Japan Tobacco Inc. said Thursday it may lose billions of yen in earnings due to the food-poisoning scare linked to pesticide found in made-in-China frozen “gyoza” dumplings imported by one of its subsidiaries.
JT group sales could suffer up to ¥8 billion and operating profit could fall by up to ¥3 billion in the business year to March 31 if its frozen food business fails to generate any sales in February and March due to the gyoza scare, JT Executive Deputy President Munetaka Takeda said.
The subsidiary, JT Foods Co., was forced last week to recall frozen food it imported from Tianyang Food in Hebei Province after at least 10 people were sickened by dumplings laced with pesticide.
However, the parent company’s revised earnings forecast announced the same day did not take into account the impact of the food poisonings.
Takeda said the overall impact, including the recall costs and possible compensation to the victims, isn’t known yet.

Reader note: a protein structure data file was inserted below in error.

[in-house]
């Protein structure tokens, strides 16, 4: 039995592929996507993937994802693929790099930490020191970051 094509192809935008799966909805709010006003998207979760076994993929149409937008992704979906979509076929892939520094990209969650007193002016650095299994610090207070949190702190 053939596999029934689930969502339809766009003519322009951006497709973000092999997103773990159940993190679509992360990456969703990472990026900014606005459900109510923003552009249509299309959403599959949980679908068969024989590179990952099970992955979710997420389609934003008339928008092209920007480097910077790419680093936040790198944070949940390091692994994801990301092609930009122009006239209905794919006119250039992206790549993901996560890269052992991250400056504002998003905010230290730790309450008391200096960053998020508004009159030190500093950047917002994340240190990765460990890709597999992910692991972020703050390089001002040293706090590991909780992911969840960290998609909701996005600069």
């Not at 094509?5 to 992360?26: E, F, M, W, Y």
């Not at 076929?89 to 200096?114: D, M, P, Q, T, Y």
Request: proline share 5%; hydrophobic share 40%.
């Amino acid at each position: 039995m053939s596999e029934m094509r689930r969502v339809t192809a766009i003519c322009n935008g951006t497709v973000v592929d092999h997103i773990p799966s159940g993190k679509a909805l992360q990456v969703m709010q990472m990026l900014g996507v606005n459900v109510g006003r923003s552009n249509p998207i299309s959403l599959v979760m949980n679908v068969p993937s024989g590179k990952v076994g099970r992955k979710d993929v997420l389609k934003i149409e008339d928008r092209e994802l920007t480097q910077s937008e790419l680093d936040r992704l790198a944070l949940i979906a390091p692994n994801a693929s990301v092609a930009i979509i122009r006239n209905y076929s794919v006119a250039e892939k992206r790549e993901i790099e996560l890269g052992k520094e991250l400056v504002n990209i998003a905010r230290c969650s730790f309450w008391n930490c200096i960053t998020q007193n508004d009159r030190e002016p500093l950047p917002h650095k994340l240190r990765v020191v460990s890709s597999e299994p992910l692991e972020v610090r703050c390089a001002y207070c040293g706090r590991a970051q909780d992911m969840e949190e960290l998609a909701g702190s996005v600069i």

The news comes a day after JT and instant noodle maker Nissin Food Products Co. said that due to the widening gyoza scare, they have scrapped plans to merge their frozen food divisions to become the industry leader in terms of sales.
Asked if JT plans to pull out of frozen food altogether, Takeda told a news conference: “No, we are not planning to scrap the division.
“What we should do now is recover our lost trust as soon as possible,” he said.
In the same news conference, JT said it is expecting ¥6.41 trillion in group revenue, a ¥422 billion operating profit and a ¥246 billion net profit for the business year to March 31.
Takeda said the frozen dumplings case will not seriously hurt the group’s earnings, because its food and beverage business, including frozen food, account for only about 5 percent of its overall sales.
However, the food poisonings mark a setback to JT’s efforts in recent years to diversify its business amid a global antismoking trend.